With macro events like COVID-19, US-China Trade wars, economic temperatures are at the roof, calling on firms, including consultants, to consult. Simply put, there’s a gold-rush for consultants. It doesn’t, however, mean you’ll easily land a consulting job.

For you to join consultancy, you have to go past resume-screening stage. Unfortunately, over 60% of applications don’t go past this phase because of some common mistake.

In this piece, we identify these mistakes. Note that this is a short guide to get you up to speed with the fundamentals and that, for more in-depth detail, you can check out more in-depth resources elsewhere – such as the very extensive MyConsultingCoach Consulting Resume article, which also has free templates.

1. Reusing Your Resume

In consultancy, your resume is your best foot forward and it determines whether you get in or not! It doesn’ matter if you are fresh from college or parachuting into consulting from another sector, your resume needs to be nuanced, blazing with intelligence. It should pre-empt your experience and skills to market you.

Most applicants, however, downplay the critical role this document plays. They take their up-to-date resume from their previous careers, make a few adjustments, and submit.

Reusing your resume may work for other careers but not a consultancy. So, reconstructing it to capture the elements needed enhances your chances of making the cut.

2. Highlighting Skills instead of Achievements

Your resume has only one goal – to convince your recruiters. To achieve this goal, you must demonstrate that you have a rare set of skills that the job requires. Keep in mind that your employer will be keen on your soft skills, as they can work on your hard skills.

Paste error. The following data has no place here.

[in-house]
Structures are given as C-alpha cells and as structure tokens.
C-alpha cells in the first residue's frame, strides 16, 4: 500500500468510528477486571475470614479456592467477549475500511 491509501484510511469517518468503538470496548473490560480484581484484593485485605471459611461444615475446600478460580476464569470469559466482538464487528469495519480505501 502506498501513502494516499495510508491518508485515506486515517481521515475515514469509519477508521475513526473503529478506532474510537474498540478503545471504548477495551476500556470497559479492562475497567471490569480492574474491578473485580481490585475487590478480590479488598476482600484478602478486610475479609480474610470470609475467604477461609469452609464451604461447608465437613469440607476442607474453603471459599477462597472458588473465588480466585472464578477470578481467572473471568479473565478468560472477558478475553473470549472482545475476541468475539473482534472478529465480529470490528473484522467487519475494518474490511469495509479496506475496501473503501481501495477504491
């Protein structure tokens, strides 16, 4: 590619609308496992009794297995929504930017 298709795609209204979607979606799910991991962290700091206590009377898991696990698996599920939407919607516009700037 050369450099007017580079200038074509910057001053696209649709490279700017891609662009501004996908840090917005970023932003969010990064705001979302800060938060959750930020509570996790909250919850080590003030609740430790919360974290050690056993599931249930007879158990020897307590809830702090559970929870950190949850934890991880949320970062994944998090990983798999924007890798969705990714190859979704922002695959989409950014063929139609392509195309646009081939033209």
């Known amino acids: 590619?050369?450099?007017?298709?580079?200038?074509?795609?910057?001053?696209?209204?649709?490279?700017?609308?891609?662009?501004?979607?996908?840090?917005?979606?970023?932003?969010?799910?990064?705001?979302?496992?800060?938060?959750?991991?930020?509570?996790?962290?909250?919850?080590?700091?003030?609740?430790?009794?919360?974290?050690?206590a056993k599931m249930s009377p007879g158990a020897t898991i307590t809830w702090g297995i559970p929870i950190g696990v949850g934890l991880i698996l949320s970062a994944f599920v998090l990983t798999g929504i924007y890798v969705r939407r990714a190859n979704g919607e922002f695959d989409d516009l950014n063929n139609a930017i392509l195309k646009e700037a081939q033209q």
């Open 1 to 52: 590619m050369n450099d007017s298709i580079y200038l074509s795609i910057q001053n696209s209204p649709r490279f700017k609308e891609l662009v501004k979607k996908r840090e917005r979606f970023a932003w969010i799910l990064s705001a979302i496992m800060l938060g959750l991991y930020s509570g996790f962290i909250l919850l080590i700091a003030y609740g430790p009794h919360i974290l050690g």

In most job applications, candidates show off their functional skills—like great financial modelling or project management experience.

However, in consulting, you should demonstrate these skills by highlighting your achievements, instead. Consultants look for, solution-oriented person with an analytical mindset; who not only shows a strong sense of leadership but also functional expertise and is a team player.

Also, you should demonstrate both your interest and competence at core consulting skills such as problem-solving, communication, client management, and general high achievement

3. Brushing Over Your Achievements

You already know that your resume should highlight what you achieved in your previous job. Don’t brush over them. They are what the consultant headhunters want to hear in more detail. They need you to show how you made a difference in your previous position.

Nothing makes more sense to the panel than quantified achievement. To do so, use numbers as they are more precise and easy to remember.

For example: Developed a controlled spend system that substantially reduced supplier fees, saving the company client $500k p.a.

The statement demonstrates your skill and what you achieved. So, instead of just highlighting your accomplishments, quantify them. The numbers add life to the extra level of details and illustrate your impact when compared to your rival candidates.